ORIGINAL ARTICLE
Year : 2015  |  Volume : 22  |  Issue : 1  |  Page : 35-39

Beneficial effects of Emblica officinalis on Fluoride-induced toxicity on brain biochemical indexes and learning-memory in rats


Department of Zoology, Reproductive Physiology and Environmental Toxicology Lab, Centre for Advanced Studies, University of Rajasthan, Jaipur, Rajasthan, India

Correspondence Address:
Bhinda Shalini
Department of Zoology, Reproductive Physiology and Environmental Toxicology Lab, Centre for Advanced Studies, University of Rajasthan, Jaipur, Rajasthan
India
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DOI: 10.4103/0971-6580.172254

PMID: 26862258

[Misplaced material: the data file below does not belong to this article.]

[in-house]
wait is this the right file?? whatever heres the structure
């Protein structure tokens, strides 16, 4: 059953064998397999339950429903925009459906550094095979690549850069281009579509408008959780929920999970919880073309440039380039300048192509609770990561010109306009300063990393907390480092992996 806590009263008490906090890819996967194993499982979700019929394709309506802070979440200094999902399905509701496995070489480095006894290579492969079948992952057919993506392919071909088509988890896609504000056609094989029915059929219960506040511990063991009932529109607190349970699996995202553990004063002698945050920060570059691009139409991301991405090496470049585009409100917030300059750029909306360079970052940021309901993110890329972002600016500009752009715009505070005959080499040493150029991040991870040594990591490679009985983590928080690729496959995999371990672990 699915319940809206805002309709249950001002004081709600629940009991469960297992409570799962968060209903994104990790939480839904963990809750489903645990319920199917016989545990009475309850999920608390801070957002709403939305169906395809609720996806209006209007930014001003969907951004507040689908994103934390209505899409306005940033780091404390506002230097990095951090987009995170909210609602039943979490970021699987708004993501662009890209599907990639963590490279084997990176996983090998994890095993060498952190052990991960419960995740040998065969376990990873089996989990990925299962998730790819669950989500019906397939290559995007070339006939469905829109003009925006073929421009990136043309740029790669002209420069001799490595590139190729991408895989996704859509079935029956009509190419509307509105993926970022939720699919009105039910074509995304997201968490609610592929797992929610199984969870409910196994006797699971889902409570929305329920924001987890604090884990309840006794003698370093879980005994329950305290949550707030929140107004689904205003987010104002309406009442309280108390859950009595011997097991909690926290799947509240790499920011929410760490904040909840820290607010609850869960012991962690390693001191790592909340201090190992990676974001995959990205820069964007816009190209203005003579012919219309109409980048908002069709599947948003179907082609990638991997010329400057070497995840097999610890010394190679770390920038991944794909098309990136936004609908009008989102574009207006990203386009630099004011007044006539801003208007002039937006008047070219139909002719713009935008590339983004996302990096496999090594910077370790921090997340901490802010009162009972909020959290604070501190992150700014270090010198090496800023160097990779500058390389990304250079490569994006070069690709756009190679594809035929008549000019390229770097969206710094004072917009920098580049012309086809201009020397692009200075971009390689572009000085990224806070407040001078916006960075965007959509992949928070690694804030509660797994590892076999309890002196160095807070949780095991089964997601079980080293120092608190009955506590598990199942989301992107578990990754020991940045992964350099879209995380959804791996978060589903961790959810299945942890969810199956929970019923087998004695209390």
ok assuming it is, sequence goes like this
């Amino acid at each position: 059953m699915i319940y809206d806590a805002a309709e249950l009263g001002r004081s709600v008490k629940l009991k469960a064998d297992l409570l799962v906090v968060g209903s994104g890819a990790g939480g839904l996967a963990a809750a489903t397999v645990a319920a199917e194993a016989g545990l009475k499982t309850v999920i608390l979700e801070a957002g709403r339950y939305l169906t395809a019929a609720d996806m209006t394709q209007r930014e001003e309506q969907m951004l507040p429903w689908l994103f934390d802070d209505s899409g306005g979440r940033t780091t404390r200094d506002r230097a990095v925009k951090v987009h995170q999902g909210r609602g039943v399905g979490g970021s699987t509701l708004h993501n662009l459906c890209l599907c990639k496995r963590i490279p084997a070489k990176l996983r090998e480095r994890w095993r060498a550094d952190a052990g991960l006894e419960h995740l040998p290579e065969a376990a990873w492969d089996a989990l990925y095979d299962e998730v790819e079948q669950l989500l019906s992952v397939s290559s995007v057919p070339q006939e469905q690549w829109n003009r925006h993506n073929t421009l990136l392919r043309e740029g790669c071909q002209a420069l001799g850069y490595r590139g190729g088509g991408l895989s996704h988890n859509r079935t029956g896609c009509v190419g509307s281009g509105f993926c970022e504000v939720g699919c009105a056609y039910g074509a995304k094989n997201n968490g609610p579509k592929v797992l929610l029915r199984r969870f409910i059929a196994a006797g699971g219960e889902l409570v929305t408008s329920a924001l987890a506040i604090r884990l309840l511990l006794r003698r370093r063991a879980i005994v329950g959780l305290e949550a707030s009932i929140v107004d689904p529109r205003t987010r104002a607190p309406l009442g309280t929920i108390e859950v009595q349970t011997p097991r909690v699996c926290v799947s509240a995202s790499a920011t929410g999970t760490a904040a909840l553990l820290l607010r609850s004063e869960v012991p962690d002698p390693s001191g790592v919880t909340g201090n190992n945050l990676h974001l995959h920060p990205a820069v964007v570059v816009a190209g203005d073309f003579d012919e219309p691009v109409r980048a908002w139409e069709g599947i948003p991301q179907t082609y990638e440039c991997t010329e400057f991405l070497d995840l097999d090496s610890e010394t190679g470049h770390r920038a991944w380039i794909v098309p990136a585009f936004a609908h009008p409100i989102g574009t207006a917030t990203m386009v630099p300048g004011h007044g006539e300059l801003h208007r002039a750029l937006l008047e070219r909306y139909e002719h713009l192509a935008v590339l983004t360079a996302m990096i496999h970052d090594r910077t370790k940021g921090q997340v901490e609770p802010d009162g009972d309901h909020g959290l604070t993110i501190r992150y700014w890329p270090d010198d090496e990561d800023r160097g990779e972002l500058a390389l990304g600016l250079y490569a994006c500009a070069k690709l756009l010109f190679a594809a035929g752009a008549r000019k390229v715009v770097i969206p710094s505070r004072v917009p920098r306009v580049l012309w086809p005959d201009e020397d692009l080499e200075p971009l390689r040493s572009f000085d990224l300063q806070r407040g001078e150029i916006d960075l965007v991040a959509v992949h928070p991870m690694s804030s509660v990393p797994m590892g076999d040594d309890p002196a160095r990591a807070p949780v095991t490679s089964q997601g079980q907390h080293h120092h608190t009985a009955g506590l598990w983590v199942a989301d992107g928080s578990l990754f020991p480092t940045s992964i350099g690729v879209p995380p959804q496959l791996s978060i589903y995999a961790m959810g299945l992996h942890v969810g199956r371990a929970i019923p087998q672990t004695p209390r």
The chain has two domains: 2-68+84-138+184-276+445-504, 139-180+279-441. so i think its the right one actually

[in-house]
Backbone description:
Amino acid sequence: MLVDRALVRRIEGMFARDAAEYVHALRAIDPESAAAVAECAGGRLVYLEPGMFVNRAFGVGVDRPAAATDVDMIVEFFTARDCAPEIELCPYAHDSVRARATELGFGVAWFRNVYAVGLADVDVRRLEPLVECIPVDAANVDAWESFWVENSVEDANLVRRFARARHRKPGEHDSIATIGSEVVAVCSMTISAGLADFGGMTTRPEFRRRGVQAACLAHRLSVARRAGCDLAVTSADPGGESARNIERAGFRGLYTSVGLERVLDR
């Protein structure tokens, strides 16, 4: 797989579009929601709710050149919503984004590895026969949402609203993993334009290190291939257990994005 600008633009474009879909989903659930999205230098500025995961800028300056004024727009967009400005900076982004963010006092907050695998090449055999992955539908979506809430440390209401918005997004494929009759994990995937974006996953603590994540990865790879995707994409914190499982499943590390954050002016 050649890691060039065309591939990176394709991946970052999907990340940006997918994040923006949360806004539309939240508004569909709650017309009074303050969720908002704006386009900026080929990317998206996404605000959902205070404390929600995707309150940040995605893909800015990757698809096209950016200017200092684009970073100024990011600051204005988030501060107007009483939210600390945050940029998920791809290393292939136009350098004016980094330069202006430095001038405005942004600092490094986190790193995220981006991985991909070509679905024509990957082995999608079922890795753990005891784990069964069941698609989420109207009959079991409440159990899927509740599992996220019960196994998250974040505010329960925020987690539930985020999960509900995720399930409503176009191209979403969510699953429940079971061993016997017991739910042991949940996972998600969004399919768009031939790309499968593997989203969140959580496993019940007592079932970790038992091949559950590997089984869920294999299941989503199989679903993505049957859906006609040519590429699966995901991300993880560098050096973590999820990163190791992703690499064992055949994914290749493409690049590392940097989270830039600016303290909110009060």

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Aims: The present study was aimed to investigate the effects of Emblica officinalis against fluoride-induced alterations in the behavioral and biochemical abnormalities in rats. Design: The healthy adult albino rats of Wistar strain (Rattus norvegicus) weighed 200–250 g were used for experiments. The animals were divided into three groups. Group I, control rats received only drinking water (F 0.9 ppm). Group II rats were exposed to fluoride (10 ppm) water for 60 days. Group III rats were treated with E. officinalis (100 mg/day/rat) along with fluoride water for 60 days. In order to investigate the effects of elevated levels of fluoride (10 ppm) in drinking water on behavioral pattern of rat, a maze test was carried out in all three groups from day 1 till completion of treatment. Materials and Methods: The animals were weighed before and after treatment. After respective treatment, the animals were autopsied. The blood was collected through cardiac puncture and brain was excised blotted free of blood weighed and used for biochemical parameters. The estimation of protein, enzyme activity of cholinesterase (ChE), and lipid peroxidation were carried out in brain using standard techniques. Results: The tissue (brain) and serum fluoride was estimated by a fluoride-specific electrode (Orion). Learning and memory abilities assessed during maze test showed reduced memory retention in rats exposed to fluoride water in comparison to control whereas amla powder (E. officinalis) fed rats showed increased memory retention than fluoride water exposed rats. The protein content and ChE enzyme activity in brain of fluoride exposed rats diminished as compared to control whereas the same was found to be elevated in E. officinalis fed rats. The level of malanoaldehyde showed a significant increase in fluoride-treated group and decrease in E. officinalis treated group. Conclusions: Our results suggest that exposure of rats to Na-F has detrimental effects on the brain as reflected in diminished learning and memory. Administration of E. officinalis during fluoride exposure significantly overcome neuronal fluoride toxicity and, therefore, may be used as a therapeutic agent for fluorotic victims.


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